SS-N-6 With Navigation Sensor System
There are many unconfirmed rumors and speculatse Agency, that Iran is developing a long-range solid-propellant missile called the Ashura, and an Intermediate Range Ballistic Missile based on the Russian submarine launched ballistic missile known in the West as the SS-N-6. There is no good evidence at this time to support a technical analysis of Iran's solid propellant ballistic missile program, but we expect to add to, and perhaps modify, this report as new information becomes available. With regard to the SS-N-6, there is evidence that Iran has utilized the turbopump and associated vernier rocket motors (not the main rocket motor) from the SS-N-6 in the second stage of the Safir missile.
These vernier motors are of relatively low thrust, which places some limits on the weight of payloads that this upper stage can carry. The SS-N-6 vernier motors have a sufficiently high exhaust velocity relative to rocket motors based on SCUD technology to make it possible to launch a low-weight satellite into low-earth orbit. The introduction of more efficient engines that use more energetic propellants than those used by missiles based on SCUD technology is a potentially significant development and will be discussed later in this report.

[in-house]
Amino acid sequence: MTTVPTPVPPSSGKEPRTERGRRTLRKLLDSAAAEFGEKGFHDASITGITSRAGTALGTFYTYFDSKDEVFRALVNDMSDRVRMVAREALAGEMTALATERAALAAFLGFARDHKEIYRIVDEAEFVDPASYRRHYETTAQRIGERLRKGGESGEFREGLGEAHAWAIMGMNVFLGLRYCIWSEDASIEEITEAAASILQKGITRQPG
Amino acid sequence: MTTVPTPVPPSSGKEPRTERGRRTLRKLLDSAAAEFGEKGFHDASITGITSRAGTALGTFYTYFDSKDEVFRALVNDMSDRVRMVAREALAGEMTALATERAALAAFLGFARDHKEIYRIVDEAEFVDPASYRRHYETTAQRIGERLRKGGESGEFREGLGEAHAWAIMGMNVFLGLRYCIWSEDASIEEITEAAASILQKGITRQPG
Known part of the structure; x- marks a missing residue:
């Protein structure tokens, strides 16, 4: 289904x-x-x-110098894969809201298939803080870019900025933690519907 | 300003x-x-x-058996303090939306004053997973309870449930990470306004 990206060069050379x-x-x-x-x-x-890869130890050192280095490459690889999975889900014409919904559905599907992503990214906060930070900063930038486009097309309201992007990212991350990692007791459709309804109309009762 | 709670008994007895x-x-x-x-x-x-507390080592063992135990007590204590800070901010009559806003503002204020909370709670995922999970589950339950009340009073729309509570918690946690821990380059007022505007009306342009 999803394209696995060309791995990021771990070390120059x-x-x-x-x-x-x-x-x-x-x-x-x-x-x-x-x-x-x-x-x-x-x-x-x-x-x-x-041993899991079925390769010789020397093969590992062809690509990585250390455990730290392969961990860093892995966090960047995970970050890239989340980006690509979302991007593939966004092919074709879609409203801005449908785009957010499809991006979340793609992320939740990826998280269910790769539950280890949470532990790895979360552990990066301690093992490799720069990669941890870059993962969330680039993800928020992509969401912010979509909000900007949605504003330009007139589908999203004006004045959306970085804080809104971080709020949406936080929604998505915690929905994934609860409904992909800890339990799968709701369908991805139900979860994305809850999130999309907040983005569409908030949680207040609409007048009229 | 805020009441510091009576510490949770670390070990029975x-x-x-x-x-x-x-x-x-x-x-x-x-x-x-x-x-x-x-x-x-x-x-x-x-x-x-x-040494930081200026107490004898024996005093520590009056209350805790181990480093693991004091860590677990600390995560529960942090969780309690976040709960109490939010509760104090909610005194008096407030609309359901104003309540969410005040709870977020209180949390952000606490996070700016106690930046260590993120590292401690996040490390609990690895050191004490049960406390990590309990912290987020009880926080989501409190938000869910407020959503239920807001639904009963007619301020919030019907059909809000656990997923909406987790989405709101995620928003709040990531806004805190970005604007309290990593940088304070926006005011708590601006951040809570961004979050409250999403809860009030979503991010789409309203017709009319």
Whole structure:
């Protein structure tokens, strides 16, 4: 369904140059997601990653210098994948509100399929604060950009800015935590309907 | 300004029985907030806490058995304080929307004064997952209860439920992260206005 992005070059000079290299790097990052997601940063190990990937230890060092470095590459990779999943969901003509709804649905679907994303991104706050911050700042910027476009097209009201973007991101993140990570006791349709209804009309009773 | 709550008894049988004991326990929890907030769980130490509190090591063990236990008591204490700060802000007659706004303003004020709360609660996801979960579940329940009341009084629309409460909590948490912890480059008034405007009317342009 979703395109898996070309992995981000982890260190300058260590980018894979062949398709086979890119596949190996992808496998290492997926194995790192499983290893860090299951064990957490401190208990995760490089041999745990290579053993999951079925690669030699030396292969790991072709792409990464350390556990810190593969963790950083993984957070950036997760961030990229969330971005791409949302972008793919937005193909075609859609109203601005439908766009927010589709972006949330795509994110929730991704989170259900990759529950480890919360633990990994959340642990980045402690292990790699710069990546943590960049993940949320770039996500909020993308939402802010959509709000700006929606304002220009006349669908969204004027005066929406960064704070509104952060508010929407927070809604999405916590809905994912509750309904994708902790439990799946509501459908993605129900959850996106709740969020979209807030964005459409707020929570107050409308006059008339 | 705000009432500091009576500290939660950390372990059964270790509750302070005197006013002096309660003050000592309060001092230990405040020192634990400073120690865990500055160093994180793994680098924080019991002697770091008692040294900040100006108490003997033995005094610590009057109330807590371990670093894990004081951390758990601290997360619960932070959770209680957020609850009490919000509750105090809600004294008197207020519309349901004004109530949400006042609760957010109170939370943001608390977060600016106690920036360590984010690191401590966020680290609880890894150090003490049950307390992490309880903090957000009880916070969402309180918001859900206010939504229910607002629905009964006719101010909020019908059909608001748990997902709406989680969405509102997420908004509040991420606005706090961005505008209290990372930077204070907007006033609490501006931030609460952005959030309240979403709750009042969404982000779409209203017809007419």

These components might have been sold to North Korea by Russian groups or institutions that were operating in violation of Russian laws. North Korea probably does not have the industrial base and knowhow to improve on these components and it seems likely that they as well lack the ability to manufacture these components.
SCUD missile technology uses relatively low-energy propellants; engines with materials and designs that are very hard to upgrade to more energetic propellants; and primitive guidance systems. The fact that Iran and North Korea rely on imported technology and have not been able to develop their own rocket motors has extremely important implications for the future of Iran’s and North Korea's ballistic missile programs.
Iran and North Korea’s liquid propellant rocket programs depend heavily on the use of two rocket motors. One is the motor from the SCUD-B ballistic missile; and the other is the motor used in the North Korean Nodong missile. Both rocket motors use the same “low-energy” rocket propellants (TM-185, a mixture of 20% gasoline and 80% kerosene, and an oxidizer known as AK27, which is a mix of 27% N2O4 and 73% nitric acid). The Nodong has a bigger motor, which has more than twice the thrust of the SCUD-B motor.